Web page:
Burden Of The Swastika
There has been much speculation on Netaji Subhash Chandra Bose’s position on fascism given that he did flee to Germany, met Adolf Hitler, and sought the help of the Axis powers in his fight against the British. But a letter that Bose wrote in 1936 has surfaced now—from the obscurity of a private collection—which elucidates his position on the subject. Bose wrote to Dr Thierfelder of the German Academy of Foreign Relations expressing his "disappointment" with the new Nazi philosophy.
The letter, dated March 25, 1936, is a testimony of Netaji’s unease with the "racial" philosophy of the Nazi party in pre-World War II Germany. Wrote Bose: "When I first visited Germany in 1933, I had hopes that the new German nation, which had risen to a consciousness of its national strength and self-respect, would instinctively feel a deep sympathy for other nations struggling in the same direction. Today I regret that I have to return to India with the conviction that the new nationalism of Germany is not only narrow and selfish but arrogant."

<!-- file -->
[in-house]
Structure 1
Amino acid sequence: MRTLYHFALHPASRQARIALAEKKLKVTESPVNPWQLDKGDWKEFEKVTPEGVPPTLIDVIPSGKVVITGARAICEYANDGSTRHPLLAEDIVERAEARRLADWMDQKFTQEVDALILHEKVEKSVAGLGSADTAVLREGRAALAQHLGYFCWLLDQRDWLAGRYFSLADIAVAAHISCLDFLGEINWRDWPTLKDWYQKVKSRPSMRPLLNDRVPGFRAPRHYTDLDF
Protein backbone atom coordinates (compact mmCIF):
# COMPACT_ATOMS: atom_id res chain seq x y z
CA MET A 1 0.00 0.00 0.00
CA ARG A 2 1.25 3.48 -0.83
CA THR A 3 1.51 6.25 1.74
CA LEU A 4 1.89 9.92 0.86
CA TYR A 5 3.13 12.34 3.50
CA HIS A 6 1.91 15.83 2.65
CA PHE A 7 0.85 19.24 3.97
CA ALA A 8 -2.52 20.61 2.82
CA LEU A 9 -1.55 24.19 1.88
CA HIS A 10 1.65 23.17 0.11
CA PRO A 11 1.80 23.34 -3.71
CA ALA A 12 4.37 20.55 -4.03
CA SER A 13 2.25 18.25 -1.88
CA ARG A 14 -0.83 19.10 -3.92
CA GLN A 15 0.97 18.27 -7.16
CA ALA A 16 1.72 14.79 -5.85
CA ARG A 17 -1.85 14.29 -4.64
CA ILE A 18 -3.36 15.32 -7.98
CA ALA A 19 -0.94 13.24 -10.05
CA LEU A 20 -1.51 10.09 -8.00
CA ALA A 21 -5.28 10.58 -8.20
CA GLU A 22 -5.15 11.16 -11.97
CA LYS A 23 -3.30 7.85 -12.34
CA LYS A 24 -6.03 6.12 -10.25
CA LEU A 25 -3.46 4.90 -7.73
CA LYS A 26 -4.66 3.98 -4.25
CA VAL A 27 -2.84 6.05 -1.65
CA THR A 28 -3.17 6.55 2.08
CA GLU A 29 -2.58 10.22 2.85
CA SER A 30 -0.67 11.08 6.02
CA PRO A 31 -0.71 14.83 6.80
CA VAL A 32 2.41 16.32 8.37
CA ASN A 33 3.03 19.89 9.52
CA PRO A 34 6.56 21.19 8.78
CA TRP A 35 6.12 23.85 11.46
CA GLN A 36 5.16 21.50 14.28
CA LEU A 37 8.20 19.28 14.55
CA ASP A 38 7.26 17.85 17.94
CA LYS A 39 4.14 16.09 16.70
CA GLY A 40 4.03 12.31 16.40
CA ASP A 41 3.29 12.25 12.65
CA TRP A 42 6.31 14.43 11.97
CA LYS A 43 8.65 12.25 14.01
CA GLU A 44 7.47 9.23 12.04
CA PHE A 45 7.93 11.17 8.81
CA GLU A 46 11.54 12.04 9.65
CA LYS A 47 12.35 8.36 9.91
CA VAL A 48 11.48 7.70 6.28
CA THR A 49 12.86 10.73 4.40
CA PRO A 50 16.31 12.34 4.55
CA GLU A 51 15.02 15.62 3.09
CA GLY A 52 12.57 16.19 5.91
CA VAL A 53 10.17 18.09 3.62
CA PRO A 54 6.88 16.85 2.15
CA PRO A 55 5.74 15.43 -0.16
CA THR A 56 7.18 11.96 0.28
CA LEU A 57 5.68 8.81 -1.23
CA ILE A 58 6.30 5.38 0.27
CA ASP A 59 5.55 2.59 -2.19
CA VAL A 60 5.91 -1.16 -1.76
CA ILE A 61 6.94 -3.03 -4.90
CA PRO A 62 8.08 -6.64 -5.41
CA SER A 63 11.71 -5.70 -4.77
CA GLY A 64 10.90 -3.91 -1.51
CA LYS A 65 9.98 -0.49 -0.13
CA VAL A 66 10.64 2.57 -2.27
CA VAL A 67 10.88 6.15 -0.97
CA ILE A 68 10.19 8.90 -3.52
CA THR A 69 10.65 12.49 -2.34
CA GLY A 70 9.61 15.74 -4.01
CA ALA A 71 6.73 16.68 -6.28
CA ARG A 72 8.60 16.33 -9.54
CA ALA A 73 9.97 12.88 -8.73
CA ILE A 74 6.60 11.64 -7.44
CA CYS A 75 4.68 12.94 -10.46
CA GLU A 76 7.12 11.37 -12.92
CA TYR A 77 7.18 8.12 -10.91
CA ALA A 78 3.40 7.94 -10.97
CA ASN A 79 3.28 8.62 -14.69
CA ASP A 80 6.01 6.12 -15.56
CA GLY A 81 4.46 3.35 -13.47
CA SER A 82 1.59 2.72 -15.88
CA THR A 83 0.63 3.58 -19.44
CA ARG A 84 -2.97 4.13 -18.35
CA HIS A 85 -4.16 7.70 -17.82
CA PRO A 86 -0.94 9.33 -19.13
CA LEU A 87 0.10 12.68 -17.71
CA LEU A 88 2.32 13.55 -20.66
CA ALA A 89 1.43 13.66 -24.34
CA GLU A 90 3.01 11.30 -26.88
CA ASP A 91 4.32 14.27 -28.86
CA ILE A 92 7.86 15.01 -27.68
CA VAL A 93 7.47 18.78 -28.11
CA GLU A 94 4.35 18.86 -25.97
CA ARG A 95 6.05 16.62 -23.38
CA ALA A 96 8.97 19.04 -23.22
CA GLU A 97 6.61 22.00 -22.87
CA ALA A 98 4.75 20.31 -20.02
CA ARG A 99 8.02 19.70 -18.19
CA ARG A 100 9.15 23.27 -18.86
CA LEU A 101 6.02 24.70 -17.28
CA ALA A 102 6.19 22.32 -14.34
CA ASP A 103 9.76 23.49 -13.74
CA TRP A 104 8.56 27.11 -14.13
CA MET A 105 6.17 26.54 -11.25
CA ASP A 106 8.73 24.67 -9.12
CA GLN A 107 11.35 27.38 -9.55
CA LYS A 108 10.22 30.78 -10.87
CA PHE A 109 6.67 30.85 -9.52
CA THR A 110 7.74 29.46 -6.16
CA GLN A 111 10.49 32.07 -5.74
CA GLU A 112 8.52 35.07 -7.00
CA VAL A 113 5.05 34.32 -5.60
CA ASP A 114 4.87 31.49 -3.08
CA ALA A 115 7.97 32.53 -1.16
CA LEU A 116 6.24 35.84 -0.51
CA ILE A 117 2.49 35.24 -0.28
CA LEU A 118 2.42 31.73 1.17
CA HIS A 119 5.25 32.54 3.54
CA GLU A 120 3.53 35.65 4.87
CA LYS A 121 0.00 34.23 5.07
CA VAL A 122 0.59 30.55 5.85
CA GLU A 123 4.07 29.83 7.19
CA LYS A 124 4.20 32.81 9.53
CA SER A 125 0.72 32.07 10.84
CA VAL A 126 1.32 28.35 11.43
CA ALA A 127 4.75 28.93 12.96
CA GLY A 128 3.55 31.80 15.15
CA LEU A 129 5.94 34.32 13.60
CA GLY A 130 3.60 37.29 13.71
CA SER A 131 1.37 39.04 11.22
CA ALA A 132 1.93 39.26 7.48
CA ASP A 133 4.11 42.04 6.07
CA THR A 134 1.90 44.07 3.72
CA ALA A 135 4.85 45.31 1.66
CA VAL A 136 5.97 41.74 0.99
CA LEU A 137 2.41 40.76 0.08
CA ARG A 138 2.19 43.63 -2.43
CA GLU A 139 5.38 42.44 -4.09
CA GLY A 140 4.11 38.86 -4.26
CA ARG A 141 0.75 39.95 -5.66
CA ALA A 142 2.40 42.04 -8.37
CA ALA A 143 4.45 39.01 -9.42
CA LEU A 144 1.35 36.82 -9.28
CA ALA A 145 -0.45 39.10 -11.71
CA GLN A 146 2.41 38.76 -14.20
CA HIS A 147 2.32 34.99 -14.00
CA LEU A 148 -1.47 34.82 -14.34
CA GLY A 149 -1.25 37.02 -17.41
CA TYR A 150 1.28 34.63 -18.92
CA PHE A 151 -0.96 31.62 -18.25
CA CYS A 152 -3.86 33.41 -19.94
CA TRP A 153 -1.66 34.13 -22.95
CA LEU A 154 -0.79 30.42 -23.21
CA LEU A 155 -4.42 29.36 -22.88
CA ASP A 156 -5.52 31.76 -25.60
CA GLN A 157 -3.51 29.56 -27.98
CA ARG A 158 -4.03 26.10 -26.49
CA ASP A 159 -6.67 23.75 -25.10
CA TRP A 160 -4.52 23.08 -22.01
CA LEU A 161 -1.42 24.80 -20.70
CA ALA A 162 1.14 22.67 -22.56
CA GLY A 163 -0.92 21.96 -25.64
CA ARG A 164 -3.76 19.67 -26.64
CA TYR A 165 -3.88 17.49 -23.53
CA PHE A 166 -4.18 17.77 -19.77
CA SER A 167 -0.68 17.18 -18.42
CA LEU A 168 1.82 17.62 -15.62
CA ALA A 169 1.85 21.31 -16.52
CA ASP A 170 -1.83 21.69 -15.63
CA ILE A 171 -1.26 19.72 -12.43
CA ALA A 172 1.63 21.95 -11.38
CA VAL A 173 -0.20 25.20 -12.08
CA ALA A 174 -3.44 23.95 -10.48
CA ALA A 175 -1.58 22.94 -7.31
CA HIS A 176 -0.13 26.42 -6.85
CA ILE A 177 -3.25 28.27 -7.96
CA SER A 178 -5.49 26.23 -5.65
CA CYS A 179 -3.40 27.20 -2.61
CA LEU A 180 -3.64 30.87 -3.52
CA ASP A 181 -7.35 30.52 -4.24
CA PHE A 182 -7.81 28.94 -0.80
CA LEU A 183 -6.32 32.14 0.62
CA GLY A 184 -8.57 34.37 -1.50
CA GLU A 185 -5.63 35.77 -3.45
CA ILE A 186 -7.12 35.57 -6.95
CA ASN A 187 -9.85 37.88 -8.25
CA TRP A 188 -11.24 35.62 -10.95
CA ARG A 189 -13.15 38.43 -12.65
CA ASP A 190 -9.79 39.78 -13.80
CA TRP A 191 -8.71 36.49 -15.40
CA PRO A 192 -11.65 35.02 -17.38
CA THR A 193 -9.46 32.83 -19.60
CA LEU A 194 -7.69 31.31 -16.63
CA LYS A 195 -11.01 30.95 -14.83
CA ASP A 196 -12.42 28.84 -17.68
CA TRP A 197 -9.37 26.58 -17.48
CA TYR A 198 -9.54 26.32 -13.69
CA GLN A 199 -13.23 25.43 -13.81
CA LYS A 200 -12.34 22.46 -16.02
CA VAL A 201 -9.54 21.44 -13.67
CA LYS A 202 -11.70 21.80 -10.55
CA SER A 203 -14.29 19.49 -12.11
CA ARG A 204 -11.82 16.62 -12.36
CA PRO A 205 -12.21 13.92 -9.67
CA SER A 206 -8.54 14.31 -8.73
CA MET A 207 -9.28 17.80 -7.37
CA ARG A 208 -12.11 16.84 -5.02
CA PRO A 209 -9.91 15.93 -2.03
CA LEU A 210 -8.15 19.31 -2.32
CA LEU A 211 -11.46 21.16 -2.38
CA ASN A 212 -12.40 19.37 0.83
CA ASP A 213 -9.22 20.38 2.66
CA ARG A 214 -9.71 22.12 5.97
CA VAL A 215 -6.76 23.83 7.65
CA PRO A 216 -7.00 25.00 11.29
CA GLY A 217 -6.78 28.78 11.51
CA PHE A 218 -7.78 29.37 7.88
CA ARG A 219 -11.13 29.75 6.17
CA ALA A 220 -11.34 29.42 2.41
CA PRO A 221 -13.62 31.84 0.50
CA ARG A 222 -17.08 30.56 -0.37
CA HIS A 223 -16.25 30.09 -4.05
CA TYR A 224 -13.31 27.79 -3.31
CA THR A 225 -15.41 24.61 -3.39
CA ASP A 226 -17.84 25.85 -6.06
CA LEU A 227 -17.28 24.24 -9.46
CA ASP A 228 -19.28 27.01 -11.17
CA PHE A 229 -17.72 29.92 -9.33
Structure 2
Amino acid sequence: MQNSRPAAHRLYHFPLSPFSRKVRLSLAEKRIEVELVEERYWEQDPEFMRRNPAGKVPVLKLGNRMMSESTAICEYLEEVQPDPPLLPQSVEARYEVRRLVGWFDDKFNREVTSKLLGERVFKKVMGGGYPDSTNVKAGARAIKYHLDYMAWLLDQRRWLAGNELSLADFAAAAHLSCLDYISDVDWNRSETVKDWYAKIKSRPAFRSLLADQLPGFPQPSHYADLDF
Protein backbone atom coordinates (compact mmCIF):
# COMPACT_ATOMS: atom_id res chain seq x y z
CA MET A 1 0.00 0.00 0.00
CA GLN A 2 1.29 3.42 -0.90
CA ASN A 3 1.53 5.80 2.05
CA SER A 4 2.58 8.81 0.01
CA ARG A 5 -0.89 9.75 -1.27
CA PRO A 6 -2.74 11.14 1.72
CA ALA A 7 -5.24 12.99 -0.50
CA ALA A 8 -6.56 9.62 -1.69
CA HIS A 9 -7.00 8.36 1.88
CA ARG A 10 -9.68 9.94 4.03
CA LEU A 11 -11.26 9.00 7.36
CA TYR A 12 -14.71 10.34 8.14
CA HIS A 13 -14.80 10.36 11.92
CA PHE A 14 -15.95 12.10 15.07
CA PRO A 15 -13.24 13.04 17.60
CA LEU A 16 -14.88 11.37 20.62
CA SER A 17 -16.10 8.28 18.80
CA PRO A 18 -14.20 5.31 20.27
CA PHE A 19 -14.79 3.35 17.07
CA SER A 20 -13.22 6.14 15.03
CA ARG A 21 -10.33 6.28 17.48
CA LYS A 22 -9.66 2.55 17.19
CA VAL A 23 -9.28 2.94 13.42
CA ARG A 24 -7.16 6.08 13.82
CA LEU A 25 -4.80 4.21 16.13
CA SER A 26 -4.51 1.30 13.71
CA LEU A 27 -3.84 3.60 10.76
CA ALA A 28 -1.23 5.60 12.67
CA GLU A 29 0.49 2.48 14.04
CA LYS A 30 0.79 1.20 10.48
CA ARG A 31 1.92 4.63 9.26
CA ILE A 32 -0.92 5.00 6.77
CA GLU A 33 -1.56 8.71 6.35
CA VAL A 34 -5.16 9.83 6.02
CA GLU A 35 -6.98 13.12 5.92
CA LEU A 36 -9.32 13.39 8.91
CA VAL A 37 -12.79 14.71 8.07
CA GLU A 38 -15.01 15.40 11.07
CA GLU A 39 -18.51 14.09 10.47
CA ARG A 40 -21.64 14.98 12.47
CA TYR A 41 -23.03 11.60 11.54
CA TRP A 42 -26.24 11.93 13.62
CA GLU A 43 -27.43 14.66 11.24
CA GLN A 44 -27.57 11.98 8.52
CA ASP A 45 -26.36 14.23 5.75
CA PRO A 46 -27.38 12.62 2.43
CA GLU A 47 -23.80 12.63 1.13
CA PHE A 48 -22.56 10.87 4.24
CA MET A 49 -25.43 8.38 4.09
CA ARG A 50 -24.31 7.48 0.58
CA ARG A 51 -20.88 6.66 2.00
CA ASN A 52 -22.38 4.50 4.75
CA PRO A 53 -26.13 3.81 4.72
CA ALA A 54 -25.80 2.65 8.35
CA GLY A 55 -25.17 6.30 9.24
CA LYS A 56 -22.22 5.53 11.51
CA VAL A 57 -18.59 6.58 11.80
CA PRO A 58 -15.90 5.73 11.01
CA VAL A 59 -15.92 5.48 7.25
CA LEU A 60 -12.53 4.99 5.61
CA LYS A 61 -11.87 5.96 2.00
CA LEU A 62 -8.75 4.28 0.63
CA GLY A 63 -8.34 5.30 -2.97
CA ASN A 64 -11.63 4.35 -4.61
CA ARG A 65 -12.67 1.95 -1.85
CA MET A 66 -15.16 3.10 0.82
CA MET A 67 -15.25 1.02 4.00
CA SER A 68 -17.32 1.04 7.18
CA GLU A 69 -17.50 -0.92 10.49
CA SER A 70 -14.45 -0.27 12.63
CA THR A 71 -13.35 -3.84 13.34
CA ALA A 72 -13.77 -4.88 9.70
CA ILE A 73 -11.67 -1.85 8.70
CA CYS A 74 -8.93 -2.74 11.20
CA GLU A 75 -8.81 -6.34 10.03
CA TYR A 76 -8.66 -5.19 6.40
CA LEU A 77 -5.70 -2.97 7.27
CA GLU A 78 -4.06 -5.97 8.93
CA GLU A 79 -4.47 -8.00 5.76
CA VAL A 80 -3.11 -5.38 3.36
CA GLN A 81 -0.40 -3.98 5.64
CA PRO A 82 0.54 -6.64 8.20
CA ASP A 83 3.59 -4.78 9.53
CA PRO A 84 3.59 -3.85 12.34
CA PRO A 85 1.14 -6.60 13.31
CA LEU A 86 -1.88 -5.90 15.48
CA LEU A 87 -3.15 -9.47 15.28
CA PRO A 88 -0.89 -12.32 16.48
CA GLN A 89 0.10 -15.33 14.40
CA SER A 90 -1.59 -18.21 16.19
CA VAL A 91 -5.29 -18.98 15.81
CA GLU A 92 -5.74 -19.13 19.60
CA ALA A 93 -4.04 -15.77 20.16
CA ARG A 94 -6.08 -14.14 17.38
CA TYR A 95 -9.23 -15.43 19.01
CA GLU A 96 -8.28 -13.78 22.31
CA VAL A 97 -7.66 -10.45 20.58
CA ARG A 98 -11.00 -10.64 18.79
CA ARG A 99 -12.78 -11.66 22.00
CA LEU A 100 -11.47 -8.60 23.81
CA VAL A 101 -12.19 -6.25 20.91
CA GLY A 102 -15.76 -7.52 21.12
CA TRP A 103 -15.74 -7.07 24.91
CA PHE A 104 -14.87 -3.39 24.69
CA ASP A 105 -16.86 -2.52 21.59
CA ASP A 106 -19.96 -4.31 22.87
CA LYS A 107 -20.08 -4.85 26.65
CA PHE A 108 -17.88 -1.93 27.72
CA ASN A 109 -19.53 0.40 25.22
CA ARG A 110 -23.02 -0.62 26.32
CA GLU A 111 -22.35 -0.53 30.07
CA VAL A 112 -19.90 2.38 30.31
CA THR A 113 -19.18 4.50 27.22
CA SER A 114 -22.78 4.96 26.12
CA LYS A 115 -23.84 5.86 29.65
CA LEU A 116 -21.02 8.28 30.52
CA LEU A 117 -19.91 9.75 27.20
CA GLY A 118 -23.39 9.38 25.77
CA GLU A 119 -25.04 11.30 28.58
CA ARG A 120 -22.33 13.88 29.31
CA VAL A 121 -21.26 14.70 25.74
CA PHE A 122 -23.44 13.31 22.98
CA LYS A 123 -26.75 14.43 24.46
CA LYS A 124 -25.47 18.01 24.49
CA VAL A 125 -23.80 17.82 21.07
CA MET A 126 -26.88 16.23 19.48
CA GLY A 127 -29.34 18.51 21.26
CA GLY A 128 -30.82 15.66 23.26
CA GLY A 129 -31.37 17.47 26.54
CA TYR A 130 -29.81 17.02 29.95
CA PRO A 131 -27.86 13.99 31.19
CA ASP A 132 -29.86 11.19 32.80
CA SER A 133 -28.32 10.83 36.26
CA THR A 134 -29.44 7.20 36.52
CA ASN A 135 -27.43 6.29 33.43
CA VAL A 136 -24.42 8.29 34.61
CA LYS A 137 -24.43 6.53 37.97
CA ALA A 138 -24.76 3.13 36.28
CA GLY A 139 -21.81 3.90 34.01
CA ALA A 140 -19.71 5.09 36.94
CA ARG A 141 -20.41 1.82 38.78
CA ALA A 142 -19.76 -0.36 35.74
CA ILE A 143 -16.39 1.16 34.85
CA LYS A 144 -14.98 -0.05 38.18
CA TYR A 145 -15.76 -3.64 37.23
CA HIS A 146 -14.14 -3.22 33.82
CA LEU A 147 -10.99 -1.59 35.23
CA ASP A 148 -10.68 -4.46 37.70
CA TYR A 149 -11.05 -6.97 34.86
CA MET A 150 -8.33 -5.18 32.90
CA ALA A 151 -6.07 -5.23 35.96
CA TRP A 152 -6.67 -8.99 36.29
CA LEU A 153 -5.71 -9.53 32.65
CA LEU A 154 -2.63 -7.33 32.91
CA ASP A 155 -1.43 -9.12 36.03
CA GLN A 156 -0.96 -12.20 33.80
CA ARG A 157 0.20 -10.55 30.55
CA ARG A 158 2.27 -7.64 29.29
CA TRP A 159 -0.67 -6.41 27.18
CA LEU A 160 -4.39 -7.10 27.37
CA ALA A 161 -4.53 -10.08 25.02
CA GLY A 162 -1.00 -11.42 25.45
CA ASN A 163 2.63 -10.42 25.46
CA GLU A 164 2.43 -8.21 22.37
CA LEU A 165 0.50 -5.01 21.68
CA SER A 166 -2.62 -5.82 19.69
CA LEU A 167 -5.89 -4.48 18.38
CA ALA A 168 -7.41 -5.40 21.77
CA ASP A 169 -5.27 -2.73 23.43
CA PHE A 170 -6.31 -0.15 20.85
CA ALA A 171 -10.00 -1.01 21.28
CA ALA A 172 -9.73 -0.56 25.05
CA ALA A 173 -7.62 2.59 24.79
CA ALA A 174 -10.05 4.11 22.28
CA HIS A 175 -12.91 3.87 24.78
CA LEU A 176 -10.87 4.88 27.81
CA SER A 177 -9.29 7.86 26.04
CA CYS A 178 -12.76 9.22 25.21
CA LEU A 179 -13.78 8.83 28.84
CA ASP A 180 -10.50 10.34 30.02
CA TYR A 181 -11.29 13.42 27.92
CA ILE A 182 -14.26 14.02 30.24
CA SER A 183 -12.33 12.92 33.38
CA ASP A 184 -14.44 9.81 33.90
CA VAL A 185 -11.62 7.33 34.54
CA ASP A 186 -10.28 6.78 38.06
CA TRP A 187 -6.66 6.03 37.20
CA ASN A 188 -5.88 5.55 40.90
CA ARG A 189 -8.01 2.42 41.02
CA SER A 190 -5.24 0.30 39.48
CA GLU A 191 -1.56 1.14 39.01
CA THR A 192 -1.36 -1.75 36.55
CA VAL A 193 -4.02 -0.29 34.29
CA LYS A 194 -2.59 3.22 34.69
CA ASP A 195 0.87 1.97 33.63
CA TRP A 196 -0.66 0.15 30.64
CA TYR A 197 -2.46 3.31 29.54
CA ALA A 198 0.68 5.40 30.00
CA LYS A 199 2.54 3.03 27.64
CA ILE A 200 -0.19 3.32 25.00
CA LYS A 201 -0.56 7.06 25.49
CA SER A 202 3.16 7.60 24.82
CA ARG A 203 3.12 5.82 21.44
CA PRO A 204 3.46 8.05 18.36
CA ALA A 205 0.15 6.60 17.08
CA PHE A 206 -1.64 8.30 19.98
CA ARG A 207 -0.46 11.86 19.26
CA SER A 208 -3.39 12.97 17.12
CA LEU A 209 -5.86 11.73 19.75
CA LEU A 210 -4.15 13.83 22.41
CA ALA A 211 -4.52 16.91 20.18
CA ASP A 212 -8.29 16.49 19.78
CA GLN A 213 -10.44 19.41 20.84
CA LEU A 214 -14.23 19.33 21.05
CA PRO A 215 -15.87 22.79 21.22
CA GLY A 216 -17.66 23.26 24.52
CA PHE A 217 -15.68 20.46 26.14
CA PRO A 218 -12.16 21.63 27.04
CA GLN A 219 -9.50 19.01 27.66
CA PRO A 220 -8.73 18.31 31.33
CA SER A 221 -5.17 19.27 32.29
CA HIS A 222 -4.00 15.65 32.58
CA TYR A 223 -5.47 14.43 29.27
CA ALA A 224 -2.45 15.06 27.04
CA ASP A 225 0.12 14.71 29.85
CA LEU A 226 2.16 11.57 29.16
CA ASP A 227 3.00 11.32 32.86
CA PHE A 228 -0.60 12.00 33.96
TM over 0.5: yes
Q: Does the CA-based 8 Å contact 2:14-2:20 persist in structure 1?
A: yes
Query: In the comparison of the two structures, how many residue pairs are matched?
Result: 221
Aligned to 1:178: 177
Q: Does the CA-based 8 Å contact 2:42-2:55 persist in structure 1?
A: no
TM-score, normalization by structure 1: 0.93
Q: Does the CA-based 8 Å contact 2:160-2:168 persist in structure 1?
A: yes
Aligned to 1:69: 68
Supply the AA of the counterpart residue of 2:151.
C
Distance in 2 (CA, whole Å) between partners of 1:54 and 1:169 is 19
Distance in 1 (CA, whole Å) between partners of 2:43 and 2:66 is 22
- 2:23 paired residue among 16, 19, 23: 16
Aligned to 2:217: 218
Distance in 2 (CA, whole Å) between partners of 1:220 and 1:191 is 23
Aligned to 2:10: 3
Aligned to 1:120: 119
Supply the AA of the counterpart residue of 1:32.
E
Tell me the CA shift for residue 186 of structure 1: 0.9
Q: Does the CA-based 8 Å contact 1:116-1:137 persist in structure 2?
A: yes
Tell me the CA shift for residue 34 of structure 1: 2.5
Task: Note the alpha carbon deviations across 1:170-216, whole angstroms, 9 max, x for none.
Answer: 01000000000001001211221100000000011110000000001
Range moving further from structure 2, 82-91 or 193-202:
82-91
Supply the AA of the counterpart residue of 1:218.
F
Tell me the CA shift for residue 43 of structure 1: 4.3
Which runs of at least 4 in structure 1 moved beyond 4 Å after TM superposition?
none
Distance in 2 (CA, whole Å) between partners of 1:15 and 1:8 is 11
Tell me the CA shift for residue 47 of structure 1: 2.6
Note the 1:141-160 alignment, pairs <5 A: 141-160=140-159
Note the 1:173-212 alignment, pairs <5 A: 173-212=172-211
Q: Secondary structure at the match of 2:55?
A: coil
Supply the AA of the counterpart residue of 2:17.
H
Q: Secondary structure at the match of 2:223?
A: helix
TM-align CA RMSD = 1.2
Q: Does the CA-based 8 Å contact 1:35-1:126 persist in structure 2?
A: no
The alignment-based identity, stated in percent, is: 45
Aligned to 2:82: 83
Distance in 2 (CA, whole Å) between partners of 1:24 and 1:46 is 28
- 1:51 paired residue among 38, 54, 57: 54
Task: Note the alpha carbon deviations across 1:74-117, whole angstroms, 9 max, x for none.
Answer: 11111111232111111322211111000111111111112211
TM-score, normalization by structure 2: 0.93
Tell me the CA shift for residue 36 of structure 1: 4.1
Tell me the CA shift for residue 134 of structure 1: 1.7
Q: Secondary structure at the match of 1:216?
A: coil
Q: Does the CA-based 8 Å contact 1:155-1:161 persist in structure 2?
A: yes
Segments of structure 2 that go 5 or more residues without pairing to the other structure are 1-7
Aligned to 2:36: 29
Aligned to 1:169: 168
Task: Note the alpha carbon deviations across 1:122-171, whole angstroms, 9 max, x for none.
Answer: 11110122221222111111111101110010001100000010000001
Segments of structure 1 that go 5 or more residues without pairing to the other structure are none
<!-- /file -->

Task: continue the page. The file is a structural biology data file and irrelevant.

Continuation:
While the West has traditionally viewed Bose with suspicion due to his proximity to Nazi Germany and imperial Japan, there has been considerable debate on the issue in India too. In fact, at times even the Communist parties have attacked Bose for his links with "Japanese fascists". However, in the literature available on Bose, his letter to Dr Thierfelder has found little mention so far.
Not only does Bose state his personal opposition to Nazi Germany’s philosophy of racial superiority, but also says it is the view of "Indian nationalists in general". This subject has hitherto been dominated by a picture of Bose shaking hands with Hitler, seeking his help. The letter proves his complete opposition to Nazi agenda.
By Saikat Datta